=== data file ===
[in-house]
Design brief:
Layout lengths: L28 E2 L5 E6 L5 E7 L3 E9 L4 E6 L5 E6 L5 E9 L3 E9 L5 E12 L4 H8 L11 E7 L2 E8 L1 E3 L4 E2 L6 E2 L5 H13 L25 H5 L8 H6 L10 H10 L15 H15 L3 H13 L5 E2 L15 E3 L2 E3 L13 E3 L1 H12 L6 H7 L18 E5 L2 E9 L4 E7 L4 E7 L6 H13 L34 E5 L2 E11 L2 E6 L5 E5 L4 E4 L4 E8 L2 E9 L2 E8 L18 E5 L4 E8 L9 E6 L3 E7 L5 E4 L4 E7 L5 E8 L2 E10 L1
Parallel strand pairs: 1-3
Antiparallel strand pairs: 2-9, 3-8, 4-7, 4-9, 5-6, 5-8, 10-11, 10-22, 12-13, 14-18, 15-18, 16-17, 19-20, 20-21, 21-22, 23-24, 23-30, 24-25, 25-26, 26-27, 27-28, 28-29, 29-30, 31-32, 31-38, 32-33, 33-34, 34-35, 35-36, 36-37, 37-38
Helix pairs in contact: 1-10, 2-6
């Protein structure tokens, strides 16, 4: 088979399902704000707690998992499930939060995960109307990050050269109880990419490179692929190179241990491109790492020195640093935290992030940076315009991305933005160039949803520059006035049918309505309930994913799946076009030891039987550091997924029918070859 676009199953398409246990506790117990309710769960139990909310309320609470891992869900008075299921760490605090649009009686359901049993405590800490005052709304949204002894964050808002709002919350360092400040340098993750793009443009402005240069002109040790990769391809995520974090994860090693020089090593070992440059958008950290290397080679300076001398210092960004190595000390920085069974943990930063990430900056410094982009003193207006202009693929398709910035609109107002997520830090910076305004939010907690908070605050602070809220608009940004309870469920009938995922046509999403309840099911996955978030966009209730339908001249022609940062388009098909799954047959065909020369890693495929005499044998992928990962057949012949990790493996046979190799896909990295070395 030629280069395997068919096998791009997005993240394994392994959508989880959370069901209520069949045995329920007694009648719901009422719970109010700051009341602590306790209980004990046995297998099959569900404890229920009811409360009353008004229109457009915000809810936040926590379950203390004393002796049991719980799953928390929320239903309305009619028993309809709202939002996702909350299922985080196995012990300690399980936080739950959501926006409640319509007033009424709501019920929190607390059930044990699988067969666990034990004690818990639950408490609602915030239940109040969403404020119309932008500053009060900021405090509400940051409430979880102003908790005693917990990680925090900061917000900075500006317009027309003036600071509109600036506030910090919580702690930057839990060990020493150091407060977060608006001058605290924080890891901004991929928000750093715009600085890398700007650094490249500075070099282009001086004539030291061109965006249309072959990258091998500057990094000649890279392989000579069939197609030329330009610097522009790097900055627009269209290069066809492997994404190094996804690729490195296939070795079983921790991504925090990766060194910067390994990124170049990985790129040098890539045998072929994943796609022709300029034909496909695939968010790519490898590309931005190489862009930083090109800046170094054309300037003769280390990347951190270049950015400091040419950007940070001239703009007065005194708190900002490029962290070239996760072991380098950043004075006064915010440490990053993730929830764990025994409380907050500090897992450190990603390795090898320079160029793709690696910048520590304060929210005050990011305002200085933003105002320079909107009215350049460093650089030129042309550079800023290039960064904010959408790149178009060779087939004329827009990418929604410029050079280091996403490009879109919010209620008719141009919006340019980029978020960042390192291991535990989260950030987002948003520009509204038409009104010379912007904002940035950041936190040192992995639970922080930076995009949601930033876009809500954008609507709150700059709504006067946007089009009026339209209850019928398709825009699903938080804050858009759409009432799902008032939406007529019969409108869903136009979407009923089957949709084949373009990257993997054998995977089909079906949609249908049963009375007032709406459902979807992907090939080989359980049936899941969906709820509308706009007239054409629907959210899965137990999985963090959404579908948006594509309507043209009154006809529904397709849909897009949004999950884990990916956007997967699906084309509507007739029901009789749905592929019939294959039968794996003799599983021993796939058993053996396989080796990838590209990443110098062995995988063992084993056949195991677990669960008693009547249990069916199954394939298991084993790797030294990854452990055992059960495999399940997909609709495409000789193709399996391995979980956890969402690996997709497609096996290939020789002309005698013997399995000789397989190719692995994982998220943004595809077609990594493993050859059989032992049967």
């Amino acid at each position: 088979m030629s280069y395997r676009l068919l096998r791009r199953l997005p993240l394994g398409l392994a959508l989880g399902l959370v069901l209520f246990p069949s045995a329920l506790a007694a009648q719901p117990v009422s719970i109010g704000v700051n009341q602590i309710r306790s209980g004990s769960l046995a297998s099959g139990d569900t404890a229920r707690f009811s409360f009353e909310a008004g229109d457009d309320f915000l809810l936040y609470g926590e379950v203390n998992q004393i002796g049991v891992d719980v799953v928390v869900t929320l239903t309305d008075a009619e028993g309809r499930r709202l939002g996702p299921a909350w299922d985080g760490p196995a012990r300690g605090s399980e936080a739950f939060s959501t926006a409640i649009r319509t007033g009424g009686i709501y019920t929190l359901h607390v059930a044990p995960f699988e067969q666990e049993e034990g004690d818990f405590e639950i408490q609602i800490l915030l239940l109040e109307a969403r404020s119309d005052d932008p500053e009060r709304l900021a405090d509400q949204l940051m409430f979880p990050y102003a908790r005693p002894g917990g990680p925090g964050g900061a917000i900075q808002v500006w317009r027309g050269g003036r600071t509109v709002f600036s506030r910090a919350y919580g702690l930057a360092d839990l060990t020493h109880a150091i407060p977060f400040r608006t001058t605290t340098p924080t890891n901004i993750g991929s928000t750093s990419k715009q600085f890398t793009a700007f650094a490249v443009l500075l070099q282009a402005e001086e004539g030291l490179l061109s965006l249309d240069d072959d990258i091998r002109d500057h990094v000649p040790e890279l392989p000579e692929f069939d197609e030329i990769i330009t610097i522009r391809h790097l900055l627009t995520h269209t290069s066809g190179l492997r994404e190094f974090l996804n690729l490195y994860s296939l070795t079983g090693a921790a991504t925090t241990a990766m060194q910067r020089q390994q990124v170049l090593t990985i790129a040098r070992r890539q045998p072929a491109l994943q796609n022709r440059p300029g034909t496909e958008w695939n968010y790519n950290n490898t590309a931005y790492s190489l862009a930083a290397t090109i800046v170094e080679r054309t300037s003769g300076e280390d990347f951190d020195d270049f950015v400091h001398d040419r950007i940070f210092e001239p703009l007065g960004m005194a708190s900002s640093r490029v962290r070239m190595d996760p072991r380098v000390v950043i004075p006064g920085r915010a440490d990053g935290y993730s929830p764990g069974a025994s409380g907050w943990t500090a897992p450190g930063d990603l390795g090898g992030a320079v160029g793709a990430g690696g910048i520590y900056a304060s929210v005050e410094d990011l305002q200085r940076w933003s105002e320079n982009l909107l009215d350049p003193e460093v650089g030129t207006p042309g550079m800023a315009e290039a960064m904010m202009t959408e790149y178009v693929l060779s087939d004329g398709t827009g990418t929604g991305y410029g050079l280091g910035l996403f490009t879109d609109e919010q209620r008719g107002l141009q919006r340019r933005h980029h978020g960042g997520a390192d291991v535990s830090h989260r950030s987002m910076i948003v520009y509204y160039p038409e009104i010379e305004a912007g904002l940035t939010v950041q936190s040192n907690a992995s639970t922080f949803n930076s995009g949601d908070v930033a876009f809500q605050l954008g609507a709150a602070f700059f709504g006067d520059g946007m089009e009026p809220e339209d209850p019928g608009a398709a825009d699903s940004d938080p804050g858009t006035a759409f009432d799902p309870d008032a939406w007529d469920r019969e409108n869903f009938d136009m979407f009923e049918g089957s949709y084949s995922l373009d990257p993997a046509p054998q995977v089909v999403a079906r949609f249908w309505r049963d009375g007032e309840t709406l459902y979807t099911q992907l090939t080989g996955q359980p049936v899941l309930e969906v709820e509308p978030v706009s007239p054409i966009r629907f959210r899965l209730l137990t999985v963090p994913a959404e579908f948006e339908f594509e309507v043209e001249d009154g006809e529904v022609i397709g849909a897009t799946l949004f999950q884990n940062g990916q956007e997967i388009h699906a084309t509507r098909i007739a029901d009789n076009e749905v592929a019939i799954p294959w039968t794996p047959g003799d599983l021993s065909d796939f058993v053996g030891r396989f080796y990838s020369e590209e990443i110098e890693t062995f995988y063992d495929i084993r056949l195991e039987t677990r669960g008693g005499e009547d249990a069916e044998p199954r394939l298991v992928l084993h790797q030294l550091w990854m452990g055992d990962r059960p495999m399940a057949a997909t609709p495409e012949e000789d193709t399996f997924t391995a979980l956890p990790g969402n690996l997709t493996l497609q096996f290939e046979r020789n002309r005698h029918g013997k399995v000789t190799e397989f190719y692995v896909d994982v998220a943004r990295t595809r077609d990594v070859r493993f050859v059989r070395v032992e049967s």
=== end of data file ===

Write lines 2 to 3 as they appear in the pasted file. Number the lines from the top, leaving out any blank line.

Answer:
Design brief:
Layout lengths: L28 E2 L5 E6 L5 E7 L3 E9 L4 E6 L5 E6 L5 E9 L3 E9 L5 E12 L4 H8 L11 E7 L2 E8 L1 E3 L4 E2 L6 E2 L5 H13 L25 H5 L8 H6 L10 H10 L15 H15 L3 H13 L5 E2 L15 E3 L2 E3 L13 E3 L1 H12 L6 H7 L18 E5 L2 E9 L4 E7 L4 E7 L6 H13 L34 E5 L2 E11 L2 E6 L5 E5 L4 E4 L4 E8 L2 E9 L2 E8 L18 E5 L4 E8 L9 E6 L3 E7 L5 E4 L4 E7 L5 E8 L2 E10 L1